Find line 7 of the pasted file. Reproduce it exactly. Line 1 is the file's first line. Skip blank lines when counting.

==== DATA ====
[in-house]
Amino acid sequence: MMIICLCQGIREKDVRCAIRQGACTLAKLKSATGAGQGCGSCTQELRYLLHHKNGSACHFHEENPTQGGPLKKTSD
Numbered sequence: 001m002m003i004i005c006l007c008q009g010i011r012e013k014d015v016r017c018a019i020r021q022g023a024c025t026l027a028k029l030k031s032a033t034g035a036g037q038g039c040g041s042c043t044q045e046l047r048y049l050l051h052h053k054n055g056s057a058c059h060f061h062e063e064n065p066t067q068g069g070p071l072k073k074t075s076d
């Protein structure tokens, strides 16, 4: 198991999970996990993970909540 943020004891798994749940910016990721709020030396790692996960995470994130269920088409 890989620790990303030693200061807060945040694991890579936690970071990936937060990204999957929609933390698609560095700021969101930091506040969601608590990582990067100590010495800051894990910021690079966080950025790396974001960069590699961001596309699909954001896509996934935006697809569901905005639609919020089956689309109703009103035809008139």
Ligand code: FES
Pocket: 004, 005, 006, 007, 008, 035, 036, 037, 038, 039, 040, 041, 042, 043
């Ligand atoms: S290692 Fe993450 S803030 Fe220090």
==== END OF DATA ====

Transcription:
């Ligand atoms: S290692 Fe993450 S803030 Fe220090």